kevin gates - islah

Kevin GatesIslah

On “Really Really” Gates claims that he’s “A lyrical songwriter and he can sing.” In respect to his run of mixtapes prior to the release of Islah, his major label debut, this boast is spot on. Taken in the context of Islah it only feels half true. Gates is right to highlight his singing. Whether on a hook or in one of his verses the Lousiana rapper’s voice is his greatest asset. Gates delivers his lyrics in a gravelly baritone that’s surprisingly flexible as a melodic instrument. When firing on all cylinders, like on the infectious “2 Phones” Gates injects small hooks into his rapping voice that build on the central melody of the song’s chorus. Kevin Gates is also a remarkably affecting when he allows his emotions get the best of him on “The Truth” where he strains and audibly loses his cool as the song escalates. This smart songwriting and natural charisma is part of what has propelled Young Thug and Future to mega-stardom, but unlike the space alien auto-tune goop of the Atlanta sound, Kevin Gates’ singing is an extension of the gruffness of rapping voice. Gates is perfectly positioned to slot right alongside the sounds of hip-hop’s mainstream while preserving his own unique character.

While Gates’ delivery will help him transition from local sensation to a broader national audience, it also forces him into some unpleasant creative territory. When he raps over acoustic guitars on “Hard For” he gets dangerously close to sounding like the singer of a late 90s post-grunge band, and the sleaziness of “One Thing” is an even harder sell in his hands. Much of Islah‘s second half is bogged down by corny sex raps that feel clumsily executed and come at the expense of the virtuosity that Gates used to light up his mixtapes. Gates is an adequate second fiddle when he lets Trey Songz and Ty Dolla $ign do the heavy lifting on “Jam,” but these concessions to mainstream appeal feels like a misunderstanding of Gates’s strengths as a writer and performer. The best material on Islah, “Really Really,” “2 Phones” and “Time For That,” all present a version of Gates that doesn’t need to sacrifice his idiosyncrasies in order to make hits. Gates trusts in the power of his voice, but hasn’t found the firepower to back it up yet. – Ian Cory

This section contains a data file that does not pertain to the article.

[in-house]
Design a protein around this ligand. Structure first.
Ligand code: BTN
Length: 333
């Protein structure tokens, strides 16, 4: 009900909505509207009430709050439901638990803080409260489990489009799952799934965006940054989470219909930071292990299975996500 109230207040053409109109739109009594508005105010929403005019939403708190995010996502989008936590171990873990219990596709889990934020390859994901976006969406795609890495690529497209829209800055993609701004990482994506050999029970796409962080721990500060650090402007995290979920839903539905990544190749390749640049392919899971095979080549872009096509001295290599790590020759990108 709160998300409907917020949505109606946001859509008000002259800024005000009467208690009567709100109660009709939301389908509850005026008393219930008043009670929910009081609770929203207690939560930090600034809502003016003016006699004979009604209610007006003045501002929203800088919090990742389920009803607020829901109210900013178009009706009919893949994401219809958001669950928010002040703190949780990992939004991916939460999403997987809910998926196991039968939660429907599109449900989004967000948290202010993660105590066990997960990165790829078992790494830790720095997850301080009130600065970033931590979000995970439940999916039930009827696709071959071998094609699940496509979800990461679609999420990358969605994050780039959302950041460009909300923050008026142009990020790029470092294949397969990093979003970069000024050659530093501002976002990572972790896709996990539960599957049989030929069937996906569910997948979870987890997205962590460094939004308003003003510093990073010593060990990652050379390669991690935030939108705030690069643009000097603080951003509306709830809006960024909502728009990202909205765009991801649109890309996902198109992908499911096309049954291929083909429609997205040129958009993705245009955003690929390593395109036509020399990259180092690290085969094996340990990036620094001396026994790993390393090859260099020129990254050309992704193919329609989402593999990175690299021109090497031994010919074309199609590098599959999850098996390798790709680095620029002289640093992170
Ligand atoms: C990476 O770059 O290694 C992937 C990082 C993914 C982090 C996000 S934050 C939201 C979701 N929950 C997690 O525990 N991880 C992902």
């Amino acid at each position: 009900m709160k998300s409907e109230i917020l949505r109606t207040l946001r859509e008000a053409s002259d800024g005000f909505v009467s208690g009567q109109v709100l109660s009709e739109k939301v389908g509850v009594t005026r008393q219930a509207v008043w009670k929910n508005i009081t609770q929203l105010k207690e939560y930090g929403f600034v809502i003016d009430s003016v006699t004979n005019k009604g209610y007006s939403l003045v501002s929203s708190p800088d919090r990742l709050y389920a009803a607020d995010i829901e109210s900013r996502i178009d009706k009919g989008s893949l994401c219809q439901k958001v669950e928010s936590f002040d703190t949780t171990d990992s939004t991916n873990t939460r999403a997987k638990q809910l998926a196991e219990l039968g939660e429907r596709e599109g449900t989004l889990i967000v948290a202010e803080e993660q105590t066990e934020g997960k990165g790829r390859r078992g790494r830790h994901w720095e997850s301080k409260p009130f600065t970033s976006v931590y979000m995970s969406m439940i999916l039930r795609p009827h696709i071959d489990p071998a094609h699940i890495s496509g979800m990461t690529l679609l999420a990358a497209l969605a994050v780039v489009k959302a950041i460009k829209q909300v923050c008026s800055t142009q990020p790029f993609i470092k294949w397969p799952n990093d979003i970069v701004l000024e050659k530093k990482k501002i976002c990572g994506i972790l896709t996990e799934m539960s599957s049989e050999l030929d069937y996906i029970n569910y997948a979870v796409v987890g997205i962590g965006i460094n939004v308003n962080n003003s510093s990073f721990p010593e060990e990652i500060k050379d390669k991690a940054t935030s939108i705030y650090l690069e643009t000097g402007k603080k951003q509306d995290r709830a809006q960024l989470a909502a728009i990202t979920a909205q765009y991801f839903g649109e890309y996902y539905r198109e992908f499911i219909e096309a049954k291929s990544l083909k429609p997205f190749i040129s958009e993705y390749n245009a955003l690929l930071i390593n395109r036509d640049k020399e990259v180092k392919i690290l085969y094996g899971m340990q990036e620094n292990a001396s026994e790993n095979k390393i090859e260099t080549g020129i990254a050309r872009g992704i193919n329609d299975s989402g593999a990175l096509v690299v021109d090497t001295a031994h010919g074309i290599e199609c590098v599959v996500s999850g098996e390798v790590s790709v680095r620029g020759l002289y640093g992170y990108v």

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FloristThe Birds Outside Sang

You’re right to think that Emily Sprague sounds downtrodden – defeated even – on The Birds Outside Sang. Sprague – lead singer/songwriter of Florist – composed most of the album while recovering indoors from a hit-and-run accident which left her in a neck brace and unable to use her left arm. The Birds Outside Sang details her accident in plain and real detail, as if Sprague is trying to forego poetry to describe the devastating horror of the incident and the effect it had on her. On the first half of the album she sounds like she’s singing from inside a bedroom, recovering slowly as the world outside goes on with everything. Most of the album centres around simple keyboard notes, that and her voice being the only options left open to Sprague since she couldn’t play guitar.

The simplicity works. Sprague’s nervous, melancholic voice is complimented by compositions that wrap her in either a chilly air or a lightly sweet sunlight. Sometimes she sounds like she’s drifting between dream states, replaying the accident in her head in slow motion. “I am weightless / I am bone”, she sings plainly on “A Hospital + Crucifix Made Of Plastic” before adding in “I am asphalt”. She merges mortality with the everyday on the múm-like whistling warmth of “Thank You”, trying to appreciate life in all its splendour, but  is still chained down by the inevitable fate of us all. “I’m really grateful for the people i’ve met / But that won’t make me die any less,” she sings, thankful, but defeated. Sprague might be young, but she’s wistful, as The Birds Outside Sang shows in modest doses. She says the album is “about the speed at which rain falls, life goes on, and people grow”. She sometimes sounds like she’s slowing down the past, but more importantly, she’s also moving forward, hour by hour and day by day. – Ray Finlayson